For many homeowners, gutters fly beneath their radar – as long as they’re working. But when something goes wrong with the gutter system, it becomes very noticeable pretty quickly. When they become cracked, leaky, or dented, gutters are ineffective and won’t protect your home’s exterior the way they should. However, there are several proactive ways to avoid failing gutters and related gutter problems.
Regularly Maintain the Gutter System
At some point, you will need to repair your rain gutters as they age, the normal result of regularly dealing with the elements. But if you take care of them properly and clean them regularly, you will avoid total gutter system failure. It’s also reasonable to assume you that with scheduled home maintenance, you won’t have to repair them as often.
For gutters and downspouts to work nicely together they need to be debris-free. Clogs don’t just stop water from flowing easily through gutter channels and out of the downspouts. Debris build-up often creates standing water. Standing water combined with wet organic materials weighs a gutter system down, stressing hardware, pulling nails and brackets from the fascia. One way gutters fail is due to missing or sagging gutter sections.
While scheduled gutter cleanings twice or three times a year are certainly a large part of a gutter system’s upkeep, other key home maintenance tasks need to be performed. Even when gutters are cleaned on a regular basis, winds and heavy rain can shake things loose. Inspect the gutters and downspouts after any storm that hits your area. It will be better to discover if something needs repair now rather that wait until the next time the gutters will be cleaned.
To decrease the amount of leaves, twigs, and blossoms that enters the gutter system, trim back the tall trees growing close to the roof, gutters, and exterior walls of your home.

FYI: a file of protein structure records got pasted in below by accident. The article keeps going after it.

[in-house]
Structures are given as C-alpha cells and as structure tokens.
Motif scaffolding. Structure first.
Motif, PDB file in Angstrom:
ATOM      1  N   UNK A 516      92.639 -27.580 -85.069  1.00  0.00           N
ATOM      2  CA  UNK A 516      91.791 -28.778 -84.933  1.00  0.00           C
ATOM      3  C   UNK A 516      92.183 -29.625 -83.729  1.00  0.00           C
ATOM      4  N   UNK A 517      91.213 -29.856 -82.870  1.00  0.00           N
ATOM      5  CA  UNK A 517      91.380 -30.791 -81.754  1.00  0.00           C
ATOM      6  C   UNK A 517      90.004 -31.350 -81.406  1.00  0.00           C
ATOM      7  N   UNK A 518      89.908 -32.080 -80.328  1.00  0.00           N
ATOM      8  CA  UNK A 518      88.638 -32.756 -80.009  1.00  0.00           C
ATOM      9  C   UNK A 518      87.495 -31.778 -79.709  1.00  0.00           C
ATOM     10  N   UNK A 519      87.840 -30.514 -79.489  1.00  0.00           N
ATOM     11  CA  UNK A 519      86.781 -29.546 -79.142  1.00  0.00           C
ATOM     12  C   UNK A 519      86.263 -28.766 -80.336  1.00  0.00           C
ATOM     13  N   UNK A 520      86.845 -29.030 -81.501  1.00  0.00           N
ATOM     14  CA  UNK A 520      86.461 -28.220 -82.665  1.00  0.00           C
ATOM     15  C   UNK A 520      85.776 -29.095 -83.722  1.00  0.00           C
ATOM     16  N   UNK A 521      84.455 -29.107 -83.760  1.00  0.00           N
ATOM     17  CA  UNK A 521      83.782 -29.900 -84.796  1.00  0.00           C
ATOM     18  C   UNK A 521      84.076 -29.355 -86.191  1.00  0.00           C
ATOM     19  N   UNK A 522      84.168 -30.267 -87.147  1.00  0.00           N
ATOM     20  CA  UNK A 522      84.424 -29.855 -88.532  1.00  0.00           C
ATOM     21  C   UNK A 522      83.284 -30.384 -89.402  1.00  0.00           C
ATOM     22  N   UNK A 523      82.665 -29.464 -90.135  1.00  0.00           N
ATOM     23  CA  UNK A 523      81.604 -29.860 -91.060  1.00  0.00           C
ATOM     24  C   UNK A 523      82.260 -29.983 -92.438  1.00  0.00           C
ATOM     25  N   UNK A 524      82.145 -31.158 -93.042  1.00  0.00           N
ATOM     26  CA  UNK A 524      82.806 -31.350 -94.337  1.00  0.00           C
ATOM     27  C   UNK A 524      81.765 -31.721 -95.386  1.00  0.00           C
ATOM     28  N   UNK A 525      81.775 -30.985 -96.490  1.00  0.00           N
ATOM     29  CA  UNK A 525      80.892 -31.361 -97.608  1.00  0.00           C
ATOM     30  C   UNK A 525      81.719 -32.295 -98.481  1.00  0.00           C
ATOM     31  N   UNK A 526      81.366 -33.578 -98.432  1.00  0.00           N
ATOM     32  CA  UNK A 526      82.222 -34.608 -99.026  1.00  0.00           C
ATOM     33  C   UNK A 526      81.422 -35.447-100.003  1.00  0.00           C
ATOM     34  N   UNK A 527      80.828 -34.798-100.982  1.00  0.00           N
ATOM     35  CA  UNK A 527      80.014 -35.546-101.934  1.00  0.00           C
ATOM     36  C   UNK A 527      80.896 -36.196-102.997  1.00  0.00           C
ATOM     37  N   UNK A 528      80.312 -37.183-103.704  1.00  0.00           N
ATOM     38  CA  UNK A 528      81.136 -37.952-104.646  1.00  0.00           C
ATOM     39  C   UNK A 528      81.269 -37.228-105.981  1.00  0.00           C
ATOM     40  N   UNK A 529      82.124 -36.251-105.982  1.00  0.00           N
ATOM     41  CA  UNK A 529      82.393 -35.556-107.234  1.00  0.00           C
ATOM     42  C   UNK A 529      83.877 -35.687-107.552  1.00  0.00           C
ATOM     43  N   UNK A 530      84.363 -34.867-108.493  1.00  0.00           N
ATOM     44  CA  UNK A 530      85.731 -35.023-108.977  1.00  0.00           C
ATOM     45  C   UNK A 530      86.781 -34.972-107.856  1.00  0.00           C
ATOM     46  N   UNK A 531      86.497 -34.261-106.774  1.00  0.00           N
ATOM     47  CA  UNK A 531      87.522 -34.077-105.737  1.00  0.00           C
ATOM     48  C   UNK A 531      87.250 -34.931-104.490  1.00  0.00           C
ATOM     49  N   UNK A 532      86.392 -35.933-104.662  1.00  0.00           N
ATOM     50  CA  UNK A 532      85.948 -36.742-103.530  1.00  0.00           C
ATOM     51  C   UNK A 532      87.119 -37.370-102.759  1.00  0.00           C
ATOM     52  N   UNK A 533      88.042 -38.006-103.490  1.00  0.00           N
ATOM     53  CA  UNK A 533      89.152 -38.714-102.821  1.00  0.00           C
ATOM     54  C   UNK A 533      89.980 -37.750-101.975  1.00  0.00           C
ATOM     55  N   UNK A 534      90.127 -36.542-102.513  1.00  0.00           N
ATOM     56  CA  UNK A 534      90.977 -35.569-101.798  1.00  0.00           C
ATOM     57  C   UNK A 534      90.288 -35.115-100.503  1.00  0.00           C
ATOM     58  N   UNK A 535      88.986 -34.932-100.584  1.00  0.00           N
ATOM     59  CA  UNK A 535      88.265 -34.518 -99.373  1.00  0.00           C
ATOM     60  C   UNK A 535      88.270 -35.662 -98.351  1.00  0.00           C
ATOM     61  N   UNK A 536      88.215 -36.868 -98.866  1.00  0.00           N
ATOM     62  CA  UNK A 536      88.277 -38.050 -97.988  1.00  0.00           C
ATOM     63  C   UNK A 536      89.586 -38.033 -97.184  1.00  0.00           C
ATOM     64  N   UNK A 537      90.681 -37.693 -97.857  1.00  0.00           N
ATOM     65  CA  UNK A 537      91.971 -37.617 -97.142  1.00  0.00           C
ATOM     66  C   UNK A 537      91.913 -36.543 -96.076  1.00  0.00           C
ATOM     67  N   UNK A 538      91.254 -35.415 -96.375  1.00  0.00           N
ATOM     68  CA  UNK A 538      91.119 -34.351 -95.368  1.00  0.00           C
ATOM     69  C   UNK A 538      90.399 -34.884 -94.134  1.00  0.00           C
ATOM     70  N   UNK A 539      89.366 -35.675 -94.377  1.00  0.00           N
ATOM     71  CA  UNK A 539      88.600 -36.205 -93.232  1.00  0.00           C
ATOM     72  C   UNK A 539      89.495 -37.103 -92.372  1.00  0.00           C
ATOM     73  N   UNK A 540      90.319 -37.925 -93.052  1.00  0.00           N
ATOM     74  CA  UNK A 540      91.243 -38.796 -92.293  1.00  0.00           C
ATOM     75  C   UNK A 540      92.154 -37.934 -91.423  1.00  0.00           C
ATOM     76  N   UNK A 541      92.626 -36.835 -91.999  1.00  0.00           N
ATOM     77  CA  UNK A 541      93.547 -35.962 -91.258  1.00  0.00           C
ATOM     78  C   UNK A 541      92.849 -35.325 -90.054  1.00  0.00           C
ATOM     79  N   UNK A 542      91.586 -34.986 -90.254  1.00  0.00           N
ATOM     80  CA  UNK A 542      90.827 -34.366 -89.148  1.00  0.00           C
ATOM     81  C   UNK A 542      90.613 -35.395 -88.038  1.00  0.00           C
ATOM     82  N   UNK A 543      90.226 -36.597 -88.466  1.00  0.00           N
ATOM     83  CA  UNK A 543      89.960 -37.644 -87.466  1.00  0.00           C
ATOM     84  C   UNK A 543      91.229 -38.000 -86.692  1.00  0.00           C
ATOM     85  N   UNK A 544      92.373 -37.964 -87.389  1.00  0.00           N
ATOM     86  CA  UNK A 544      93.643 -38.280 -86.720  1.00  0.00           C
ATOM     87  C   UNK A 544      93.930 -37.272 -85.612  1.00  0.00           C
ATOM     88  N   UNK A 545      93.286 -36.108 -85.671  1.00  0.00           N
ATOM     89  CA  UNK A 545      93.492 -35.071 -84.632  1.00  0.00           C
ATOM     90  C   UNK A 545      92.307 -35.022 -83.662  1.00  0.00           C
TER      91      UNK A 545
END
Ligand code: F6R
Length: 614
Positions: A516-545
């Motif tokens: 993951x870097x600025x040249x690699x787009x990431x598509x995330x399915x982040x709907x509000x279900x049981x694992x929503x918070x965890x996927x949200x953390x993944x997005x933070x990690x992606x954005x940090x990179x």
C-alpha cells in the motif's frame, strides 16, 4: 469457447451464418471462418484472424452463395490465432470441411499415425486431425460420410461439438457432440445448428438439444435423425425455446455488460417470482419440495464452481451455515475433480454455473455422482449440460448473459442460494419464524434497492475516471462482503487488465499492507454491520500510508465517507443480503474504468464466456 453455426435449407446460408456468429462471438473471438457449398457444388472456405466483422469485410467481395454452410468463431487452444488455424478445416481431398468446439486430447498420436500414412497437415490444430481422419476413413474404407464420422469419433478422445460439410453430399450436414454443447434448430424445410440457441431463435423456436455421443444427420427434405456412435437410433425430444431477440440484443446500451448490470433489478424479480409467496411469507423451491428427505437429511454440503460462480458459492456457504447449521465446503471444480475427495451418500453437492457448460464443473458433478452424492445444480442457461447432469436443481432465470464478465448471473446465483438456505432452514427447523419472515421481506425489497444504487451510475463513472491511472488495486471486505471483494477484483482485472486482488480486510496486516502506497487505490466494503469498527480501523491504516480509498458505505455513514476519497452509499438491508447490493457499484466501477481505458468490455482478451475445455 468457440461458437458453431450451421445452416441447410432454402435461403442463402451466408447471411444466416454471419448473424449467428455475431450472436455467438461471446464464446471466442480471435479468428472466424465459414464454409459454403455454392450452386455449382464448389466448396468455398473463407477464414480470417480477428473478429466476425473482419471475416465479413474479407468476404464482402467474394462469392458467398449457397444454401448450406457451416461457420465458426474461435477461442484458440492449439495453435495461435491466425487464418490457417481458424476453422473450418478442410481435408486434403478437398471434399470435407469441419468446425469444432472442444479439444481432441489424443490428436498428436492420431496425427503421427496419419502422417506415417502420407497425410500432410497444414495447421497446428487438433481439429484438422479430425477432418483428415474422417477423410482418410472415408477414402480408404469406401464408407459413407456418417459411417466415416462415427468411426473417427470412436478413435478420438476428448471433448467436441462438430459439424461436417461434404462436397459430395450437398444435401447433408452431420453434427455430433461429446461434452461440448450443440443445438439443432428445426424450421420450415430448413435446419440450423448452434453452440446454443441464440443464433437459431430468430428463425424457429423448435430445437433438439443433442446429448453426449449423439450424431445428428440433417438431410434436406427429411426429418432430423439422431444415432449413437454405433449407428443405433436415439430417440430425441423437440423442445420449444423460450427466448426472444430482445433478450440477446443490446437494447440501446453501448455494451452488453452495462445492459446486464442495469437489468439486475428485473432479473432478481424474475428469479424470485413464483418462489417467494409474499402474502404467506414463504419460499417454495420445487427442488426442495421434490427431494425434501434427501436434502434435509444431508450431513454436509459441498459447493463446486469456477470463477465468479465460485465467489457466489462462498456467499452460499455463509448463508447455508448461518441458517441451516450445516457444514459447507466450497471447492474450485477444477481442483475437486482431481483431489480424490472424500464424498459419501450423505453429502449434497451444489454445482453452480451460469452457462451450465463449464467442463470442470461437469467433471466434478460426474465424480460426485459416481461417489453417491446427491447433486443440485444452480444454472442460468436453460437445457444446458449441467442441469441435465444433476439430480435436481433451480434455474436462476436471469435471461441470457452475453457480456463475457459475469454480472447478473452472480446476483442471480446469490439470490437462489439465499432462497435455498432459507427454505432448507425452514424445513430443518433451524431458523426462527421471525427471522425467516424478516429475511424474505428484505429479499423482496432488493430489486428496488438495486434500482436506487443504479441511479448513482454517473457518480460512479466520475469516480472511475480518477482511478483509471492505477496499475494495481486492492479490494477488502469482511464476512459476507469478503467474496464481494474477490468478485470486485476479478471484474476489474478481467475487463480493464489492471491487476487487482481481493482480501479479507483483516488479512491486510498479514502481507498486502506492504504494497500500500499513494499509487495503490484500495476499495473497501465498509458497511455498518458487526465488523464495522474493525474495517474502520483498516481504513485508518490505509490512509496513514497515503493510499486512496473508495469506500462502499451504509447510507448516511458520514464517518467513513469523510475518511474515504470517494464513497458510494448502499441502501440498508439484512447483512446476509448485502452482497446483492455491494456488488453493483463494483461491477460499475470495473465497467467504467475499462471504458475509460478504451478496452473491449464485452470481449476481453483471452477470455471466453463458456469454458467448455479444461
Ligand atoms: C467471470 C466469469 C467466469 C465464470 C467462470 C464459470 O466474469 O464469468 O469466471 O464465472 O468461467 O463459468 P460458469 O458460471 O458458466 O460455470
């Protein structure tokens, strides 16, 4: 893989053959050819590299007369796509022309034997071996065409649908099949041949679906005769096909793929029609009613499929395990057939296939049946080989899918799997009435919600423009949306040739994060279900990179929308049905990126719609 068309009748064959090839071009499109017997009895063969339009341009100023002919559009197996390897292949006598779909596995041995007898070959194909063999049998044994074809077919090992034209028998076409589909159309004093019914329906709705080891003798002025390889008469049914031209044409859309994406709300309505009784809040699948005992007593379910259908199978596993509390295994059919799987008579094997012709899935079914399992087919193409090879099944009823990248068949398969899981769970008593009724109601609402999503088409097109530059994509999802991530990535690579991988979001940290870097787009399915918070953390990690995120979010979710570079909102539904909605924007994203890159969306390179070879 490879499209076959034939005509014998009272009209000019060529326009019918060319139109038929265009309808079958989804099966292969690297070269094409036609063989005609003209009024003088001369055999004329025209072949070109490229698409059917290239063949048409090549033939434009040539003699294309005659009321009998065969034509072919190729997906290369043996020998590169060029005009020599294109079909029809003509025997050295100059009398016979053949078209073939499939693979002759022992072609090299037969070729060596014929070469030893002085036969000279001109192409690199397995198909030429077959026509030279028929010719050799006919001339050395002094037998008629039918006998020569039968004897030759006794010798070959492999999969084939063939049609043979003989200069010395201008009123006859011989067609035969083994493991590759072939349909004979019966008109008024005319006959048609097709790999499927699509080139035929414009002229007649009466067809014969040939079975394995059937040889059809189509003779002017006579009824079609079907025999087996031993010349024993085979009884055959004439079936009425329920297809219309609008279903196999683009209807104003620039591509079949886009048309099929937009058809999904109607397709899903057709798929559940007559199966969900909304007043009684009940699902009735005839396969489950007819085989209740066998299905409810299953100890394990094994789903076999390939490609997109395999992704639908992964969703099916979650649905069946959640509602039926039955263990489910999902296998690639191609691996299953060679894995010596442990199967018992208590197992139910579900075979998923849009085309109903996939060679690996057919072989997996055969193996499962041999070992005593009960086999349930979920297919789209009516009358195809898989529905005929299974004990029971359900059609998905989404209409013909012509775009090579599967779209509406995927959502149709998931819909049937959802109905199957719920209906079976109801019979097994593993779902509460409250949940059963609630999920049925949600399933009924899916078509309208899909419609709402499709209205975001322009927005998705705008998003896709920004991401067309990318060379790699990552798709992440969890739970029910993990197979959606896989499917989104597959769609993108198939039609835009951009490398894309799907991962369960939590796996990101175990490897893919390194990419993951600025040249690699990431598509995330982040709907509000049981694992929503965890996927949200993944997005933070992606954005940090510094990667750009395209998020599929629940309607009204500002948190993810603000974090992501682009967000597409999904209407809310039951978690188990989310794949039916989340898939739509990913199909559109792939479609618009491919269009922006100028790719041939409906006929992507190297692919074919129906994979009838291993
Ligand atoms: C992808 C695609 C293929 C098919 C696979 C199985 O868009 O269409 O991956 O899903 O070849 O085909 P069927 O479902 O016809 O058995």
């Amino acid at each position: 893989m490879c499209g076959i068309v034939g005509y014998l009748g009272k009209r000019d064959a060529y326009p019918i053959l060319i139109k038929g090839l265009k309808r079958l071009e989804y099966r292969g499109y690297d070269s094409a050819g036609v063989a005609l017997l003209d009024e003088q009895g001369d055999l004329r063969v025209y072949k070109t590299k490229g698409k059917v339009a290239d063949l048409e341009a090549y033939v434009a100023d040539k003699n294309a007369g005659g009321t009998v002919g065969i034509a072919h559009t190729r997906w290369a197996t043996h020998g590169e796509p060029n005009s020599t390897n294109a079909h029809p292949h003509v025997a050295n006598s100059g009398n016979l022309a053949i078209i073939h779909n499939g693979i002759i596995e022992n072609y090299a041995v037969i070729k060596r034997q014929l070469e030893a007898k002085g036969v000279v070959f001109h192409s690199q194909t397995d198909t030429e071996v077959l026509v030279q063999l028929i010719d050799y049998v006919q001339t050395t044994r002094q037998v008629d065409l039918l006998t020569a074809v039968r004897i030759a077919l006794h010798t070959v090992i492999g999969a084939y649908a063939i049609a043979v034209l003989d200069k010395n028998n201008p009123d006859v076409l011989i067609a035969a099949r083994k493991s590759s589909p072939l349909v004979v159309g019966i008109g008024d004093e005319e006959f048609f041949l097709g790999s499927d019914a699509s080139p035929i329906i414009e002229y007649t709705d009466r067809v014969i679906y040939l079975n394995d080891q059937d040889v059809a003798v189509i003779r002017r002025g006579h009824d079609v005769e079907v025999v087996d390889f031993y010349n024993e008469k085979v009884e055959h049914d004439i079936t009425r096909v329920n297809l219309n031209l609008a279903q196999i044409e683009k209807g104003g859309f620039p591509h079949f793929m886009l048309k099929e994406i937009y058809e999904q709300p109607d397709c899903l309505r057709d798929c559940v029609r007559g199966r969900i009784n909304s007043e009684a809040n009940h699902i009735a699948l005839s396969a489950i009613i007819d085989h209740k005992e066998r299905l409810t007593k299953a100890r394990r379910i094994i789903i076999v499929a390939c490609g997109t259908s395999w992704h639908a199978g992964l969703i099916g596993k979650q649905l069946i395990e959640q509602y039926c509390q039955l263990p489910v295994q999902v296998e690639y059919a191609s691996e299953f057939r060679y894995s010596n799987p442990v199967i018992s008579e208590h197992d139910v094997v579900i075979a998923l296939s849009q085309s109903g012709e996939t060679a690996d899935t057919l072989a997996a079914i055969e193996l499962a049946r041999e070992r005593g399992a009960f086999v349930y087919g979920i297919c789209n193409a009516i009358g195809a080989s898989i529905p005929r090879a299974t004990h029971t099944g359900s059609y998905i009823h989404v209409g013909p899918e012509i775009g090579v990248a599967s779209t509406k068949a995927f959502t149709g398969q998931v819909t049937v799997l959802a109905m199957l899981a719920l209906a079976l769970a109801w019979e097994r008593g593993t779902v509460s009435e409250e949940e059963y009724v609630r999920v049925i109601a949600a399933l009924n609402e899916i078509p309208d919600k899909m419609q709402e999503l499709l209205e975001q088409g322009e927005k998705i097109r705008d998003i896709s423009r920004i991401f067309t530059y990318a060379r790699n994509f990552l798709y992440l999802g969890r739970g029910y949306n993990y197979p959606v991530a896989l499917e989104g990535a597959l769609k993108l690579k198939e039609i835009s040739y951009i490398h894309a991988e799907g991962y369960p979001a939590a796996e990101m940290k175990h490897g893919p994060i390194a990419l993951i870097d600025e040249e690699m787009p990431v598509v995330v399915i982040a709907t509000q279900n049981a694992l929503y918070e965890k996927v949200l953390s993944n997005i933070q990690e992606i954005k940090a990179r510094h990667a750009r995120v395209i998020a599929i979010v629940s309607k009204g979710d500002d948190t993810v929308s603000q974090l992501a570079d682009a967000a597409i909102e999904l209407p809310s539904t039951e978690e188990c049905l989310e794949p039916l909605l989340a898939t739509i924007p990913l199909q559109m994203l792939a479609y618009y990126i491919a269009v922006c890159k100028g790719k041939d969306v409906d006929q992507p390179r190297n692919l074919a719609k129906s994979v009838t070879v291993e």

Reduce Effects of Wind Damage
Keep the lawn raked and tidy. Store seasonal items such bikes, the barbecue, and patio furniture. Put away small pieces of lawn care equipment and tools after each use. When active storms are forecast, take down swings, wind chimes, and hanging planters. Secure recycling bins. Ensure the roof is well-maintained.
What do any of these things have to do with a gutter system failure? Reduce the effects of wind damage by airborne debris like roof shingles, twigs, and children’s toys that can easily transform into weapons during a windstorm.
Don’t Ignore Problems
After a gutter cleaning or a periodic inspection, if and when you do find problems resist the ostrich home maintenance method. Ignoring problems with the gutters doesn’t make them go away; it allows them worsen. Gutters that leak, perpetually have standing water (possible gutter pitch issues), or display signs of damage such as cracks, holes, and dents, are all gutter problems that should be addressed sooner rather than later.
Hire a Gutter Contractor
When repairs are needed, assess the degree of damage or severity. If you DIY, filling in small holes or caulking leaking seams will save you money. For serious repairs such as multiple leaks, missing gutter sections, or drainage issues, hire a gutter contractor – they will be able to give you a clearer picture of any additional damage or issues that might not be obvious to the average homeowner. A professional will also use the right tools and techniques needed to repair your specific gutter system.
Select Quality Rain Gutters
It all starts at the beginning – purchase new gutters with quality and strength in mind. When a gutter system has been designed from quality materials, selected to handle the annual rainfall of the local region, and installed by a reputable company, it will be more durable and reliable for several decades.
Make Your Gutter System Stronger
If you aren’t planning on buying new gutters in the future, there are ways to upgrade your current gutter system so that it is stronger and less likely to fail. Consult with a gutter installation company (free estimate) to check the following:
- There is the correct number of downspouts for the size of your home
- The gutter slope or pitch is accurate
- The gutters haven’t been installed too close to the roofline
- There is the right number of hangars to provide adequate support with putting strain on the fascia